Christopher and Lindsay Taggart were dismayed to discover that the lot underneath their newly constructed home was 1,000 square feet smaller than it was represented to be.
The home is located in a new subdivision in Maple Ridge, B.C.
Behind their lot was a parcel of undeveloped land that was to become a later phase of the subdivision. The adjacent lot was at a lower elevation, and a retaining wall had been constructed across the full width of the rear of the Taggart lot.
The wall had been built before the Taggarts viewed the property. When they inspected the house and lot with the builder’s sales agent, they were told that the retaining wall marked the back boundary of the lot they wanted to buy.
The size of the backyard was an important factor for the Taggarts. They needed a yard that was large enough to accommodate their household, which included “the world’s largest dog” (a Mastiff), two active sons, and future plans to install a swimming pool.
During the purchase negotiations, the Taggarts were told that the lot size was about 6,000 square feet. Based on the agent’s representations, the Taggarts were satisfied that the yard was big enough to meet their needs.
About a year after closing, the Taggarts discovered to their surprise that the location of the retaining wall did not actually mark the back boundary of their property but was erected well into the lot behind them. In fact, the actual size of their backyard was about 1,000 square feet smaller than the land enclosed by the wall.
The agreement of purchase and sale, which the parties originally signed, contained the actual, correct dimensions of the land as they were set out in the plan of the subdivision. At the time of closing, the builder provided the buyers with a survey plan which had either party examined it carefully would have disclosed that the back boundary of the lot was not in the same place as the retaining wall.
After closing, in preparation for building a new house behind the Taggart home, the builder fenced in the Taggart yard with the new fence extending out to the retaining wall, which was beyond the actual boundary of their property.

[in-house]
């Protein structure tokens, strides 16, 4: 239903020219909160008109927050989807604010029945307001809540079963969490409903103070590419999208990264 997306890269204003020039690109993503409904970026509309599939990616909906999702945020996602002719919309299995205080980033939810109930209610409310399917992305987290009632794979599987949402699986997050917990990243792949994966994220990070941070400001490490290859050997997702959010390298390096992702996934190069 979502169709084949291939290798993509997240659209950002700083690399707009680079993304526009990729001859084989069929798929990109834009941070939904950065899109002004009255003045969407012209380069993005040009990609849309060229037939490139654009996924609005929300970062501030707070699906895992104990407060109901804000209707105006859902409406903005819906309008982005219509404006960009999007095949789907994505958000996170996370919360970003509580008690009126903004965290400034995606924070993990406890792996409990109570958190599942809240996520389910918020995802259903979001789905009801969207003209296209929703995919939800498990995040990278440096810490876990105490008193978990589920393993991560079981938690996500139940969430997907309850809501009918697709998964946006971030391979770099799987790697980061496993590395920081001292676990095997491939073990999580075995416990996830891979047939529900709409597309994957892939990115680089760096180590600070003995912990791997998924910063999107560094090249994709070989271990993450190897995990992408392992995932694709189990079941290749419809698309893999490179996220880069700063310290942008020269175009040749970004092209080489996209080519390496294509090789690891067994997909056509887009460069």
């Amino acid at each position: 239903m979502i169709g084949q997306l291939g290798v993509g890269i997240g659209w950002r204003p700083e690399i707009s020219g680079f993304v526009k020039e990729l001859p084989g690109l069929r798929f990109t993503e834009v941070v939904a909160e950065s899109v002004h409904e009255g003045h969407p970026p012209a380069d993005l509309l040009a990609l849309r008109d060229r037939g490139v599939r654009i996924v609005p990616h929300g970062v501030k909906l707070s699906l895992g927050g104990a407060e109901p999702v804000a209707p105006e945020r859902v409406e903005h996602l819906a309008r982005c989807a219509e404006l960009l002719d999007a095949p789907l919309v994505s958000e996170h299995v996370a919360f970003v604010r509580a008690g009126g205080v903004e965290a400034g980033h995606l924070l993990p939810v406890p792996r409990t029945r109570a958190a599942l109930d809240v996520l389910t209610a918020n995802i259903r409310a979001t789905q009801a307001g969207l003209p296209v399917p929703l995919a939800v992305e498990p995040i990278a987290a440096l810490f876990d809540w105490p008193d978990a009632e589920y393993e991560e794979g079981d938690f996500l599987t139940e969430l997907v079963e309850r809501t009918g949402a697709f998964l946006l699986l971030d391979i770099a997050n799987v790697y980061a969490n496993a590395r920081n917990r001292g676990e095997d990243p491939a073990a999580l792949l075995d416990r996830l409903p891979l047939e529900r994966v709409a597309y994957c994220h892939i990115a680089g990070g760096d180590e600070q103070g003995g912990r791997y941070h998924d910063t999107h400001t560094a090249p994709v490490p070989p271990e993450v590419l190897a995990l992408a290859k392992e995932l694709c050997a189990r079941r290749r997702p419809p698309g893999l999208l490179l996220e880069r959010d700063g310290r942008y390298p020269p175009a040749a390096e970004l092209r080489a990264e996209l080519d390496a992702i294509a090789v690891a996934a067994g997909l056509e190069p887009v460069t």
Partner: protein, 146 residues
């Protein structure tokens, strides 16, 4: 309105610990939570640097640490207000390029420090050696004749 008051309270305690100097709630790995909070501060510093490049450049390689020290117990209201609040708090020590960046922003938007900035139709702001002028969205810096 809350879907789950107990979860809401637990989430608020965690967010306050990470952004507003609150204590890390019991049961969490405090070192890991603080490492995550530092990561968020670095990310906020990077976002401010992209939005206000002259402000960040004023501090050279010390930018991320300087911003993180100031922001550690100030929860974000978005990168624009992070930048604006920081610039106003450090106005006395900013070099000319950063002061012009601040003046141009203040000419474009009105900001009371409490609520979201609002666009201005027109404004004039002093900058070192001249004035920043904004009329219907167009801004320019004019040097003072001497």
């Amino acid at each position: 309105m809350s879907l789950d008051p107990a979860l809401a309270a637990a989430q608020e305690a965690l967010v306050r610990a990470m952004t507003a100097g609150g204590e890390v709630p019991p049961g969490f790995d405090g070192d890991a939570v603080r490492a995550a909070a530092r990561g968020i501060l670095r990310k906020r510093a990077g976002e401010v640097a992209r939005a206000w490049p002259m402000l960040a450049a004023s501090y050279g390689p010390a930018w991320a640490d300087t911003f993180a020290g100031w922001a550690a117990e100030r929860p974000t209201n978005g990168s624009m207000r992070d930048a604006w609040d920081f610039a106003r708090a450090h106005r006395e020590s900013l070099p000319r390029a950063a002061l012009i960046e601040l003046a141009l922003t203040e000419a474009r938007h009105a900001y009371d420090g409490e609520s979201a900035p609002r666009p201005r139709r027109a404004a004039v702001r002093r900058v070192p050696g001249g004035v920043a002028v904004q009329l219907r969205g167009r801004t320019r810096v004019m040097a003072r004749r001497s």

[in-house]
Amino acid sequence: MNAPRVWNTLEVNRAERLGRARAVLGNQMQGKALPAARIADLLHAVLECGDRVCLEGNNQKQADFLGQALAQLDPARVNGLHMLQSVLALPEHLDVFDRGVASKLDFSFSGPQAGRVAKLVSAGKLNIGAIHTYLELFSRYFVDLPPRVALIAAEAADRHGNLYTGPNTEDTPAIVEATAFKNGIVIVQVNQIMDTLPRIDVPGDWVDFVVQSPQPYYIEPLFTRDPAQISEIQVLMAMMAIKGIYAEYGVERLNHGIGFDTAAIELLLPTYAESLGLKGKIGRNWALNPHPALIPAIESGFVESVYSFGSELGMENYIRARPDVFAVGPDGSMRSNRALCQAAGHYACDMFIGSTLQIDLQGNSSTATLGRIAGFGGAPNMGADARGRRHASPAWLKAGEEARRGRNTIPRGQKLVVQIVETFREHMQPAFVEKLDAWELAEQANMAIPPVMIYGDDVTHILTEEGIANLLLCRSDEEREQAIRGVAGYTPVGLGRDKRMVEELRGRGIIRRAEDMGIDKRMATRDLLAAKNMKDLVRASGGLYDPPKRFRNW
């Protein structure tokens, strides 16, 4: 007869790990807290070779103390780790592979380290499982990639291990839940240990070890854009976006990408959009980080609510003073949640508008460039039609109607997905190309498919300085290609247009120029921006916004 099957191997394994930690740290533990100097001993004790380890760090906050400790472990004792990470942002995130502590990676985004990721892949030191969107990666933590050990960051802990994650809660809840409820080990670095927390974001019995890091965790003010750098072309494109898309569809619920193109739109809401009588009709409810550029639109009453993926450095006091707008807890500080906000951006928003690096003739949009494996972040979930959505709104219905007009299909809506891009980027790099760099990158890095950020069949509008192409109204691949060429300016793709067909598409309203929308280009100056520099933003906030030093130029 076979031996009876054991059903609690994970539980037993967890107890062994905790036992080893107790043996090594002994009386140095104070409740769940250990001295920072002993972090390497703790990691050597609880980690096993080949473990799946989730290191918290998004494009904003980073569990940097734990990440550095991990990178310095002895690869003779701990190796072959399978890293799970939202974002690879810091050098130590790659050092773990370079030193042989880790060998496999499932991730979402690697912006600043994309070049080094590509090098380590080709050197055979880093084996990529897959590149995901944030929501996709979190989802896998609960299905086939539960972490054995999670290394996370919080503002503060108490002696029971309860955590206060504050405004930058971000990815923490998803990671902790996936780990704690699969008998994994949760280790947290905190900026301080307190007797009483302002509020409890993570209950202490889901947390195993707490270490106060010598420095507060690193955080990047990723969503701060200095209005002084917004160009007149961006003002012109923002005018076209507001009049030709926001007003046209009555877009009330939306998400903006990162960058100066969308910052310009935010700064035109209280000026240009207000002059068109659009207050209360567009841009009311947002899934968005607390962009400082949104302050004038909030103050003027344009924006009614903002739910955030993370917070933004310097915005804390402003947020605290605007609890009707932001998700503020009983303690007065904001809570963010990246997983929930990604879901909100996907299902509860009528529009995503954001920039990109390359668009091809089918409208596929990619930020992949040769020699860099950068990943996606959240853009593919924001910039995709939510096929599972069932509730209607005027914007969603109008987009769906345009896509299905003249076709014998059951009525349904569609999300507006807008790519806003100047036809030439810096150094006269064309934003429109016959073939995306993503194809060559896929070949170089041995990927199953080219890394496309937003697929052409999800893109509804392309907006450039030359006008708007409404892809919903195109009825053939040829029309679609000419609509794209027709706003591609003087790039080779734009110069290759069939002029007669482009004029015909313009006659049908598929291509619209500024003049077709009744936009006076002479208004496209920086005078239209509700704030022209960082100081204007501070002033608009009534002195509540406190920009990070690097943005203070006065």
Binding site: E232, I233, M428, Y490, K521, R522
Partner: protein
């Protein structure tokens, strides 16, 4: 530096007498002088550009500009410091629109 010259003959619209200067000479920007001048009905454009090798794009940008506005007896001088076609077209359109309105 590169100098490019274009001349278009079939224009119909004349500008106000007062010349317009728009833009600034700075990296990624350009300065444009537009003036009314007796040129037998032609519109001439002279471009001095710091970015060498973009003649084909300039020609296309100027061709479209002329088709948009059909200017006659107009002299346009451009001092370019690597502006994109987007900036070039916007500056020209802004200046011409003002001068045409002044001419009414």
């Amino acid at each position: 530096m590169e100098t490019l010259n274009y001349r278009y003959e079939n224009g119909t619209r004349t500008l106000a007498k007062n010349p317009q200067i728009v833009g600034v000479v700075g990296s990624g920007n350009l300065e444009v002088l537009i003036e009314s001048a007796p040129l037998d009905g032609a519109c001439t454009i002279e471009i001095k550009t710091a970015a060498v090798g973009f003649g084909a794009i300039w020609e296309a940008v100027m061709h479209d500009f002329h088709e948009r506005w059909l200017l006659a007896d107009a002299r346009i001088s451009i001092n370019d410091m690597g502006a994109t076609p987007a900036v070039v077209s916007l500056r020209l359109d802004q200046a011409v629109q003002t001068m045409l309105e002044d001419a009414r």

When the lot for the new house was being surveyed, the builder realized that the actual rear boundary line was 10 feet closer to the Taggart house on the east side and 21 feet closer on the west side.
Following the discovery, the builder reconstructed the fence and retaining wall on the true boundary line. Faced with a much smaller lot, the Taggarts sued for negligent misrepresentation.
A four-day trial took place last May before Justice Janet Sinclair Prowse in Vancouver.
She released her 39-page judgment in October, finding that the builder’s agent had made specific representations to the buyers that the retaining wall marked the property boundary.
She also found that the Taggarts relied on those representations and would not have bought the house without them. In the end, the plaintiffs were awarded damages of $75,254 plus interest and costs.
This case can be usefully compared to the Meagher case I wrote about last week.
There, the size of the house was 500 square feet less than the advertised size. The purchasers were otherwise happy with the house. They sued to recover damages for the shortfall and lost.
In the Taggart case the retaining wall was specifically represented to be the rear boundary of the lot. The shortage in the lot size was found to be critical to the purchase decision, and the builder was held responsible for the misrepresentation.
Two lessons emerge from the case of Taggart v. Epic Homes:
- Whether you’re buying a new or resale home, always insert the lot size in the offer.
- Always examine the survey plan carefully. It’s the most important document in every real estate transaction.